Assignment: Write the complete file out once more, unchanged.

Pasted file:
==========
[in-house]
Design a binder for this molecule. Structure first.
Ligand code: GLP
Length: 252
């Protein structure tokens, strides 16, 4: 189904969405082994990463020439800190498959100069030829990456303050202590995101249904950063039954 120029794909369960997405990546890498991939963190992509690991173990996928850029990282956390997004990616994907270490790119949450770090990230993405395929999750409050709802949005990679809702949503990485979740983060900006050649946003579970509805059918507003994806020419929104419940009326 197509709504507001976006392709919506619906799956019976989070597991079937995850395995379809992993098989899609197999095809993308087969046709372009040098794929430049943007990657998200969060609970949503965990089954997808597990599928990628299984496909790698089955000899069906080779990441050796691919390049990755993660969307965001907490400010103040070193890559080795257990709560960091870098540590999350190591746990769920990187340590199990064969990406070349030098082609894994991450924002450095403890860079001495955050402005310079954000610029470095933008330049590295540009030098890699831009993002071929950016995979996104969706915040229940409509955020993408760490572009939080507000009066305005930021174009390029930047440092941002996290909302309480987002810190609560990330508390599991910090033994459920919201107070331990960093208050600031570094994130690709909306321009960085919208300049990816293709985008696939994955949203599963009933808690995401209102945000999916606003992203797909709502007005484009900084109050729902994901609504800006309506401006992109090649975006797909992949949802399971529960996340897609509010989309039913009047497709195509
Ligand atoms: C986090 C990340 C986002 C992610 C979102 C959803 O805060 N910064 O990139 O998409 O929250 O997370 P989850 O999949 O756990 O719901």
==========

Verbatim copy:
[in-house]
Design a binder for this molecule. Structure first.
Ligand code: GLP
Length: 252
């Protein structure tokens, strides 16, 4: 189904969405082994990463020439800190498959100069030829990456303050202590995101249904950063039954 120029794909369960997405990546890498991939963190992509690991173990996928850029990282956390997004990616994907270490790119949450770090990230993405395929999750409050709802949005990679809702949503990485979740983060900006050649946003579970509805059918507003994806020419929104419940009326 197509709504507001976006392709919506619906799956019976989070597991079937995850395995379809992993098989899609197999095809993308087969046709372009040098794929430049943007990657998200969060609970949503965990089954997808597990599928990628299984496909790698089955000899069906080779990441050796691919390049990755993660969307965001907490400010103040070193890559080795257990709560960091870098540590999350190591746990769920990187340590199990064969990406070349030098082609894994991450924002450095403890860079001495955050402005310079954000610029470095933008330049590295540009030098890699831009993002071929950016995979996104969706915040229940409509955020993408760490572009939080507000009066305005930021174009390029930047440092941002996290909302309480987002810190609560990330508390599991910090033994459920919201107070331990960093208050600031570094994130690709909306321009960085919208300049990816293709985008696939994955949203599963009933808690995401209102945000999916606003992203797909709502007005484009900084109050729902994901609504800006309506401006992109090649975006797909992949949802399971529960996340897609509010989309039913009047497709195509
Ligand atoms: C986090 C990340 C986002 C992610 C979102 C959803 O805060 N910064 O990139 O998409 O929250 O997370 P989850 O999949 O756990 O719901």